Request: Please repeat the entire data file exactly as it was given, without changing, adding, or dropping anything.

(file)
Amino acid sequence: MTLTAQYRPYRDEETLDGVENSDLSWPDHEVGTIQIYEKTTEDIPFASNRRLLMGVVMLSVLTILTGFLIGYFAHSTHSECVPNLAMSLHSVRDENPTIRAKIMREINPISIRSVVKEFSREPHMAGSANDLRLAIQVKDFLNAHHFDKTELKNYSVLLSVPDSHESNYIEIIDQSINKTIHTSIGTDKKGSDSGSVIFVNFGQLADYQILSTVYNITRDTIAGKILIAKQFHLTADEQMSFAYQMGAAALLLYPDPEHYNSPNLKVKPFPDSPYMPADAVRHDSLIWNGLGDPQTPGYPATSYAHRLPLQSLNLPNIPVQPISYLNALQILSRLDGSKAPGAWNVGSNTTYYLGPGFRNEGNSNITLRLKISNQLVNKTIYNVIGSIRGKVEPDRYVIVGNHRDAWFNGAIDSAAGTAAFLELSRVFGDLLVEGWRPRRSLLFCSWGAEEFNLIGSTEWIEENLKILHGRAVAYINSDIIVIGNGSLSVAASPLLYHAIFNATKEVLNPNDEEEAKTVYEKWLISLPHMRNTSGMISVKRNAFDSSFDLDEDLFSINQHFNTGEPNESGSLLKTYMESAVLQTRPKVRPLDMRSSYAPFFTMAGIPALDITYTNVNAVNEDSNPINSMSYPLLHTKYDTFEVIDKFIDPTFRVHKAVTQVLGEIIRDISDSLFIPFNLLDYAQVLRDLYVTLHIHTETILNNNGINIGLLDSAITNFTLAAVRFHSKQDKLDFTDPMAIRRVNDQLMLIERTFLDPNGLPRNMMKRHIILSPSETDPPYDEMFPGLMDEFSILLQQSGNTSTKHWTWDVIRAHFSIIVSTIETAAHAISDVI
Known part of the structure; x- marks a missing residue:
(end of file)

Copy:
Amino acid sequence: MTLTAQYRPYRDEETLDGVENSDLSWPDHEVGTIQIYEKTTEDIPFASNRRLLMGVVMLSVLTILTGFLIGYFAHSTHSECVPNLAMSLHSVRDENPTIRAKIMREINPISIRSVVKEFSREPHMAGSANDLRLAIQVKDFLNAHHFDKTELKNYSVLLSVPDSHESNYIEIIDQSINKTIHTSIGTDKKGSDSGSVIFVNFGQLADYQILSTVYNITRDTIAGKILIAKQFHLTADEQMSFAYQMGAAALLLYPDPEHYNSPNLKVKPFPDSPYMPADAVRHDSLIWNGLGDPQTPGYPATSYAHRLPLQSLNLPNIPVQPISYLNALQILSRLDGSKAPGAWNVGSNTTYYLGPGFRNEGNSNITLRLKISNQLVNKTIYNVIGSIRGKVEPDRYVIVGNHRDAWFNGAIDSAAGTAAFLELSRVFGDLLVEGWRPRRSLLFCSWGAEEFNLIGSTEWIEENLKILHGRAVAYINSDIIVIGNGSLSVAASPLLYHAIFNATKEVLNPNDEEEAKTVYEKWLISLPHMRNTSGMISVKRNAFDSSFDLDEDLFSINQHFNTGEPNESGSLLKTYMESAVLQTRPKVRPLDMRSSYAPFFTMAGIPALDITYTNVNAVNEDSNPINSMSYPLLHTKYDTFEVIDKFIDPTFRVHKAVTQVLGEIIRDISDSLFIPFNLLDYAQVLRDLYVTLHIHTETILNNNGINIGLLDSAITNFTLAAVRFHSKQDKLDFTDPMAIRRVNDQLMLIERTFLDPNGLPRNMMKRHIILSPSETDPPYDEMFPGLMDEFSILLQQSGNTSTKHWTWDVIRAHFSIIVSTIETAAHAISDVI
Known part of the structure; x- marks a missing residue: